To help figure find out that number, Trump issued another memorandum last year, directing the Census Bureau to use federal and state administrative records to find out the citizenship status of every U.S. resident. The Census Bureau hasn’t yet made public how it will use those records to come up with a method for answering that question.

Under questioning from the federal judges, federal government attorney Sopan Joshi said the Census Bureau had no intention of using statistical sampling.

The Washington lawsuit was brought by a coalition of cities and public interest groups, who argued the president’s order was part of

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Cat defends itself after dog enters garden in Roosevelt Avenue, Chatham

An injured cat called Oscar gave the performance of a lifetime when he fought off a dog running amok on his home turf.

CCTV footage shows the feline defending himself while sitting atop a water butt after a dog came charging into the garden Oscar had been lounging in, which is next door to his Roosevelt Avenue home in Chatham .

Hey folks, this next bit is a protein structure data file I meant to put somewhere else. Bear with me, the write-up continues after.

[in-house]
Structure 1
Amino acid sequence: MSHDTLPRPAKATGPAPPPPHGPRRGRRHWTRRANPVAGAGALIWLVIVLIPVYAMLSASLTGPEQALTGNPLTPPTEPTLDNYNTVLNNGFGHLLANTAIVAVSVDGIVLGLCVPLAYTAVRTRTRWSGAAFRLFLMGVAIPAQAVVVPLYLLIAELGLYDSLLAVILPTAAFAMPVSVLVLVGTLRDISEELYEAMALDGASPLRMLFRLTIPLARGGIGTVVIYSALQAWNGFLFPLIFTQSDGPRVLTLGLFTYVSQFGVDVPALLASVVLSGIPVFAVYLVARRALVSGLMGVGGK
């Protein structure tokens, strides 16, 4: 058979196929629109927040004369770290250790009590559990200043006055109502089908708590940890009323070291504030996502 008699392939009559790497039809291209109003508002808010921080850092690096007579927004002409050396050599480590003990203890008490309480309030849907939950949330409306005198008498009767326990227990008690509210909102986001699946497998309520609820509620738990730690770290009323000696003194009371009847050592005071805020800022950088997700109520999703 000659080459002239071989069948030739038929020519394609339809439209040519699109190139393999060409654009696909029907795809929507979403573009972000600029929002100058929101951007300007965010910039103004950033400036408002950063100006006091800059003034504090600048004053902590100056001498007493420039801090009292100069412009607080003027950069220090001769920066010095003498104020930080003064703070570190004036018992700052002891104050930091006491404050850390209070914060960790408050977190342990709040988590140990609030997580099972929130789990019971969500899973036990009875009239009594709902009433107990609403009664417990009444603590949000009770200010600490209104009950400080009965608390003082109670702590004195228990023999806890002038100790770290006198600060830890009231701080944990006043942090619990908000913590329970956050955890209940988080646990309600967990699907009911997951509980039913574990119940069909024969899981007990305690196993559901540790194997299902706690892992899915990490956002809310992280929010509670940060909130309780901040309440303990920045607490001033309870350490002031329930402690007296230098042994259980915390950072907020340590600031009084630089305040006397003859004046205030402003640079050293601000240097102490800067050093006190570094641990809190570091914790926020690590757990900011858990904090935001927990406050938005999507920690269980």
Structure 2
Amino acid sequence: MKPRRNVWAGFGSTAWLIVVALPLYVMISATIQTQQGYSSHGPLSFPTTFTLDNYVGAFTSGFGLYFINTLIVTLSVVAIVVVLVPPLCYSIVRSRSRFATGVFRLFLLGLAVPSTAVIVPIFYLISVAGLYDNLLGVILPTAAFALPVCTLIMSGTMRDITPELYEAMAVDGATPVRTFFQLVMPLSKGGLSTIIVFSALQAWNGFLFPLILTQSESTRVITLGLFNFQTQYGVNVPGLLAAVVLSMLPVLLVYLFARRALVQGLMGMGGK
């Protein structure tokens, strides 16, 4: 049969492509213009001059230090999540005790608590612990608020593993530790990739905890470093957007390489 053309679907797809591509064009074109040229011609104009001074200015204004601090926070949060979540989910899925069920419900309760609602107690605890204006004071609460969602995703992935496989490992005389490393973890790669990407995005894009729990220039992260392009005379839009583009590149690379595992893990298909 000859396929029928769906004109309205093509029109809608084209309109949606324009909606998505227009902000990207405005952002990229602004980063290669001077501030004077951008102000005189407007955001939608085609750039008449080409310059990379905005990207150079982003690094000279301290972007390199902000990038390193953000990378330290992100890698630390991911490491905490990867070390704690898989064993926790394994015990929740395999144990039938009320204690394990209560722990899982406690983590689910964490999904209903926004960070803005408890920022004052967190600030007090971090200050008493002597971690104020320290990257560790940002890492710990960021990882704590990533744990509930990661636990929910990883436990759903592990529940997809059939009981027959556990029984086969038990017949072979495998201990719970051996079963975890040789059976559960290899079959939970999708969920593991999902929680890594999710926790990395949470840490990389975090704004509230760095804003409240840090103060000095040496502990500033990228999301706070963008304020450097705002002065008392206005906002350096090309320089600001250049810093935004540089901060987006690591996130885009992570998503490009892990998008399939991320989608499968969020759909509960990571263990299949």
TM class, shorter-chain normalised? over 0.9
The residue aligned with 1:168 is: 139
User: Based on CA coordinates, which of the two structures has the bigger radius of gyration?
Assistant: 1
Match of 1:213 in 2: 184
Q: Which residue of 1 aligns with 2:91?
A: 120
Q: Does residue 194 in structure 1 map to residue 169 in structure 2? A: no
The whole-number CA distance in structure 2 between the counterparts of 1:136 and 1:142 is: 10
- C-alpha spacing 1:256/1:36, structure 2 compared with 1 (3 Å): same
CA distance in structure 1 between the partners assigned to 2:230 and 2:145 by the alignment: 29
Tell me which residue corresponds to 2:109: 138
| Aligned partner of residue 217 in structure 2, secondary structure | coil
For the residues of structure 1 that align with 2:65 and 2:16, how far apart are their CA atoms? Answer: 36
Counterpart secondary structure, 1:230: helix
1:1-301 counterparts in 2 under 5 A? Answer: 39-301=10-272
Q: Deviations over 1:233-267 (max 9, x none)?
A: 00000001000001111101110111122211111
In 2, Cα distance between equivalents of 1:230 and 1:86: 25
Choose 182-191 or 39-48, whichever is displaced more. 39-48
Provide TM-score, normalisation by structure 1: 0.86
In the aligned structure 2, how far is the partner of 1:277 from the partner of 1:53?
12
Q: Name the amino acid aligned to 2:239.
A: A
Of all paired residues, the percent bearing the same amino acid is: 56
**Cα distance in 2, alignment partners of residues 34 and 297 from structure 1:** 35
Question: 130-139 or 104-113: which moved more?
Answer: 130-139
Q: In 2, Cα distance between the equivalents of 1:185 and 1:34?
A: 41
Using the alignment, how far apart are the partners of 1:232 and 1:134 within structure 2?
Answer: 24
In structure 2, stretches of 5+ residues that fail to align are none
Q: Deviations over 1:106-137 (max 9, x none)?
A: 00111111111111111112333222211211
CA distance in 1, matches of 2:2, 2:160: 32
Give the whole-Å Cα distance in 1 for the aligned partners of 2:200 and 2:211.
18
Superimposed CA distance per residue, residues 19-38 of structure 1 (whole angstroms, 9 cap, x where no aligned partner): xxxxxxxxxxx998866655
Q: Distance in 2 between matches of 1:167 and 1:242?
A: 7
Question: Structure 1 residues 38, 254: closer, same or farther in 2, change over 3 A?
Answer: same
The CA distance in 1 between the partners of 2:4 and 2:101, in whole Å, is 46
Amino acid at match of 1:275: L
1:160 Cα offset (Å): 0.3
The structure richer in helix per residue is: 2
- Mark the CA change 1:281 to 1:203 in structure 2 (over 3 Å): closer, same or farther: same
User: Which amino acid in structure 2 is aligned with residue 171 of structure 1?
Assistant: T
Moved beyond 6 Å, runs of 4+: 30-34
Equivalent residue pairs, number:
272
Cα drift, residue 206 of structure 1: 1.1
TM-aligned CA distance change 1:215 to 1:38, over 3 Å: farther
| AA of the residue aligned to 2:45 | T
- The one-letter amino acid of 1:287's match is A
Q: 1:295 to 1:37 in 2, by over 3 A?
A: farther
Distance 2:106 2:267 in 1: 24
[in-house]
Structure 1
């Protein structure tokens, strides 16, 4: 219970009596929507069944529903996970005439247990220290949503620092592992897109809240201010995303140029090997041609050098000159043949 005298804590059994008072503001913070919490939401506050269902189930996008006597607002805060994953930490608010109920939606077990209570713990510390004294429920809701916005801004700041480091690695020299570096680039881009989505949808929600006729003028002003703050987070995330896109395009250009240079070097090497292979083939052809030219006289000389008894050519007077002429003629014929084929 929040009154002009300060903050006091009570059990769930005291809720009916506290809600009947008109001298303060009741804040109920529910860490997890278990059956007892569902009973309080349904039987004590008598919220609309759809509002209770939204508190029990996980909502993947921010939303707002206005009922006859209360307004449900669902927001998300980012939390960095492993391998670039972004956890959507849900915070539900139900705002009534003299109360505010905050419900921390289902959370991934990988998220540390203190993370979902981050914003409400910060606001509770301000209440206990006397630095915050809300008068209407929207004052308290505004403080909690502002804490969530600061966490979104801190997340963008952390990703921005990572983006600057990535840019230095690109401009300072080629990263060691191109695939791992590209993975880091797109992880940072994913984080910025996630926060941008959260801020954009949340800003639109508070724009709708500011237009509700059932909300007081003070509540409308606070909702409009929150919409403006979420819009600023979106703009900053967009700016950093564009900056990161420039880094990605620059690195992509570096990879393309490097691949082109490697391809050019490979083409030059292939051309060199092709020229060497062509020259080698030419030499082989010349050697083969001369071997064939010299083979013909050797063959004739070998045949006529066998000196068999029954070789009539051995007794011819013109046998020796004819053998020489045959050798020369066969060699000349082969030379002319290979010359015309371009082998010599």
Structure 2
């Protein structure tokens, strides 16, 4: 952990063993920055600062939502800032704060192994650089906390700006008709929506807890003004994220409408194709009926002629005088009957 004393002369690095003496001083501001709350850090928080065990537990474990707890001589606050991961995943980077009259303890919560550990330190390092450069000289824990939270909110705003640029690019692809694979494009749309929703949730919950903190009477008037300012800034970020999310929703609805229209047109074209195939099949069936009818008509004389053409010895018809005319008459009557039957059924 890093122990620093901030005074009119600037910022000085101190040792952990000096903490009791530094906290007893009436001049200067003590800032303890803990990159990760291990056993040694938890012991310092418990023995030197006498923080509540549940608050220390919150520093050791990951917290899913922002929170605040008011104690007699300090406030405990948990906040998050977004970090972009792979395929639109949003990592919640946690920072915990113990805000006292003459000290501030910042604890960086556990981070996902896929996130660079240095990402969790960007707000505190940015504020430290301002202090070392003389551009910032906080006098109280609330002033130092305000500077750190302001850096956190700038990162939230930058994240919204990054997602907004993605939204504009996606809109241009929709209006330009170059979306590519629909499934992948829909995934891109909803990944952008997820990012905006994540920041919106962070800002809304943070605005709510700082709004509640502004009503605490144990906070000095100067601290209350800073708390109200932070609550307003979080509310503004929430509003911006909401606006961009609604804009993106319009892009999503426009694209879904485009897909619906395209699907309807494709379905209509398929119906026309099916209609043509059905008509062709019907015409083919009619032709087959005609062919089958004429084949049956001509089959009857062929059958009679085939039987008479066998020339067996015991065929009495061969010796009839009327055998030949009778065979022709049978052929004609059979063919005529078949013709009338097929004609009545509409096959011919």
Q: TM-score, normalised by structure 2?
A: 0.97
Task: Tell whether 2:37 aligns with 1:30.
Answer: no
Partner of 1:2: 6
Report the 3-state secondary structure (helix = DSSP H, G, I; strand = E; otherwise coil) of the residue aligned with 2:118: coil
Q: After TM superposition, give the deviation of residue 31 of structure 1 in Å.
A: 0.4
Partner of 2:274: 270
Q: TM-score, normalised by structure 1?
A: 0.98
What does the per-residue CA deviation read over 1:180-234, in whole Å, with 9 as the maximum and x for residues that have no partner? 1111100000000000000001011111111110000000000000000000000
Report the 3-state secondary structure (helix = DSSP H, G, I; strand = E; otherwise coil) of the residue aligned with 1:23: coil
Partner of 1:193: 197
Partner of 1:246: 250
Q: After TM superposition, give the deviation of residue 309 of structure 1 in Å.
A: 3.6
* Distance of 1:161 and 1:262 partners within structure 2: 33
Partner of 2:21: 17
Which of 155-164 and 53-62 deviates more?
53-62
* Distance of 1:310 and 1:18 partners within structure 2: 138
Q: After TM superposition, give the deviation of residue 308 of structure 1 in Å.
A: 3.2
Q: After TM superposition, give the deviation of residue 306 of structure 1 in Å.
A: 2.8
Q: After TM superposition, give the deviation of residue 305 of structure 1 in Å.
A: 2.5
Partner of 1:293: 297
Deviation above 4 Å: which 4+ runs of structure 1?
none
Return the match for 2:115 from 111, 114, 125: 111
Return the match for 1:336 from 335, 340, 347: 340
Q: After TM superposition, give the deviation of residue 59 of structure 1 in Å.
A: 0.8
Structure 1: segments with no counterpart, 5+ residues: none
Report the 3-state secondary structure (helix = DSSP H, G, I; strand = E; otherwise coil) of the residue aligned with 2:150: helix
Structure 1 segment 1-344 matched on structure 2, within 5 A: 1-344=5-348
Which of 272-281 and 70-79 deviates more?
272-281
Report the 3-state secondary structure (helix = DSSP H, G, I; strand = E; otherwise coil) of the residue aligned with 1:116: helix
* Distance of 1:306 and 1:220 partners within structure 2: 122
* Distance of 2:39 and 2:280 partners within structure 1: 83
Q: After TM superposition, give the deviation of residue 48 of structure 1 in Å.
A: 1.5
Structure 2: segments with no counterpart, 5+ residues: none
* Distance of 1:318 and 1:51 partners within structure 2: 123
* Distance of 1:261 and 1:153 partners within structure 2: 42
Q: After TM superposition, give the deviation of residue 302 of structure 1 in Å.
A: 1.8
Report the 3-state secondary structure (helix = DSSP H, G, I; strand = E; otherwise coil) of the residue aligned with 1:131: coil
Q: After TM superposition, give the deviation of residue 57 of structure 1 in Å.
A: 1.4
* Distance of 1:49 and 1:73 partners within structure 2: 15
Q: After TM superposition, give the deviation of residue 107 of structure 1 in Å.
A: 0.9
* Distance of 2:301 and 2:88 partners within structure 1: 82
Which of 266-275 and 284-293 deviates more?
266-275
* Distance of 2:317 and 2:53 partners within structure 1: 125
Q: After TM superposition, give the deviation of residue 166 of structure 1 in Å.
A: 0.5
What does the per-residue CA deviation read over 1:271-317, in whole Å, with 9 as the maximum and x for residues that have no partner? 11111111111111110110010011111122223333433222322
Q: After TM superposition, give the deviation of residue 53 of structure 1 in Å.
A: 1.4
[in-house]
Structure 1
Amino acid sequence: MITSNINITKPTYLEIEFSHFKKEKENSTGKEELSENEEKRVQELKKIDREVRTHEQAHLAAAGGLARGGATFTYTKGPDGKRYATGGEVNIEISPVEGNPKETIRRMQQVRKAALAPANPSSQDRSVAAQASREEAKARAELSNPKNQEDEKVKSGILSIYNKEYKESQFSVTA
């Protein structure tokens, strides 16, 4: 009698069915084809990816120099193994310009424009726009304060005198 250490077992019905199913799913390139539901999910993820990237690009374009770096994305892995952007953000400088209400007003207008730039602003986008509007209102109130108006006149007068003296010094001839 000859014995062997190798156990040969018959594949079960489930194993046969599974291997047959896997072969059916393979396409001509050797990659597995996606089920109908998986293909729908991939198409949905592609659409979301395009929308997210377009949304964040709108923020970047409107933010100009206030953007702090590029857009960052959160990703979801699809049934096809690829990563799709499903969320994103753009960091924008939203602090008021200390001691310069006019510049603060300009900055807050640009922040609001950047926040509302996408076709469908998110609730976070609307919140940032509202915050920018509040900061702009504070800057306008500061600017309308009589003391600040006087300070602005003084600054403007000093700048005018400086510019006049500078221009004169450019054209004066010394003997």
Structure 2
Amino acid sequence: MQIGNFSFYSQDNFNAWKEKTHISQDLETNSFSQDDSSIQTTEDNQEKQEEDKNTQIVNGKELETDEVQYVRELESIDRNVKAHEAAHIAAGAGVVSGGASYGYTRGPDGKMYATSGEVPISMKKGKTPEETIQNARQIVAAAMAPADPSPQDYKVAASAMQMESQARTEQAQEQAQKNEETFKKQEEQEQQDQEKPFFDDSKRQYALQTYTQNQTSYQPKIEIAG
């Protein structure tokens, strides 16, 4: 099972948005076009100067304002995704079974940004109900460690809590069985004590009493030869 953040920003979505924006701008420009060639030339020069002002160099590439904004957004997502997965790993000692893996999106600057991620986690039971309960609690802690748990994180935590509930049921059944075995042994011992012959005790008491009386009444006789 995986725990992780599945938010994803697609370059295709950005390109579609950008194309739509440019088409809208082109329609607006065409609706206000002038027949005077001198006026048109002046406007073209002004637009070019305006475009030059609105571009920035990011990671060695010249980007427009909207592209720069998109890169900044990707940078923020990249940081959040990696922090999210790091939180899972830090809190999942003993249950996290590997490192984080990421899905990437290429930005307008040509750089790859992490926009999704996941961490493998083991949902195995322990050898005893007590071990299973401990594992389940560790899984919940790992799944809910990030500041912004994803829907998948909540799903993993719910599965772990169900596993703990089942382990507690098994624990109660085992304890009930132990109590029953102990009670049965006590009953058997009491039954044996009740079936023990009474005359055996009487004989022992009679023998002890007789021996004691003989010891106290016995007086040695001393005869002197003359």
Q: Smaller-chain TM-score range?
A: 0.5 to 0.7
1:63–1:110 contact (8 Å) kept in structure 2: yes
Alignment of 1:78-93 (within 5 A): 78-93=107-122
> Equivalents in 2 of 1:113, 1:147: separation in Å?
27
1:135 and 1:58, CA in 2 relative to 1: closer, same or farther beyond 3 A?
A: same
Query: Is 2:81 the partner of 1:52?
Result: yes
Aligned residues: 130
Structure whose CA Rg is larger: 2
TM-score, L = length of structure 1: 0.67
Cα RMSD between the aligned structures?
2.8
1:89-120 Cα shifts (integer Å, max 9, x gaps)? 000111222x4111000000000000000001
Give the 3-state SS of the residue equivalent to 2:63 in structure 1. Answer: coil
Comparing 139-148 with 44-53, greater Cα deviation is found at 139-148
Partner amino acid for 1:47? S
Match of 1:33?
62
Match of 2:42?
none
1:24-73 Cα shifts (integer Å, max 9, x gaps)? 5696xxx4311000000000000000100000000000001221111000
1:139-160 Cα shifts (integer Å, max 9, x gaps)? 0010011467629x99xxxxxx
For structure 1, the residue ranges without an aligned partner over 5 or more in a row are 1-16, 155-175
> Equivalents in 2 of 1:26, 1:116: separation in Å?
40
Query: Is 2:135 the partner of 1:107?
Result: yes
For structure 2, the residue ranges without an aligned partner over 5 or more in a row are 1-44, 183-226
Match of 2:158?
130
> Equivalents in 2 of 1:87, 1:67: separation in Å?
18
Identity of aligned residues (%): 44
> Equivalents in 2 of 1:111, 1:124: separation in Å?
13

Watch: Oscar rushing to safety as the dog enters the garden

Neighbour Sue Cooper, whose cameras captured the skuffle on Monday, said: “He usually comes up here, he spends a lot of time in my garden. Dogs can kill cats and this dog was after this cat.”

Oscar was hit by a car two years ago, leaving one of his legs badly injured.

Mrs Cooper has herself lost two cats in road accidents in the area, and used to foster for charity Cats Protection.

The footage shows the dog, which resembles a black Labrador, jumping over a small fence into Mrs Cooper’s garden, splashing about in her pond and barking at the cats, before Oscar defends himself.

Th canine also goes into another garden and runs in the road.

Watch: Oscar continues to fight off the persistent canine

The dog was in and out of Mrs Cooper’s land for about three minutes. She believes it was being taken for a walk but was not on the lead.

She said: “It is in and out of the pond and wrecks plants. I find it extremely distressing to watch. It could have been run over, it could have caused an accident.”

Escaped animals, unusual finds and news from the RSPCA can all be found here.

Read more: All the latest news from Chatham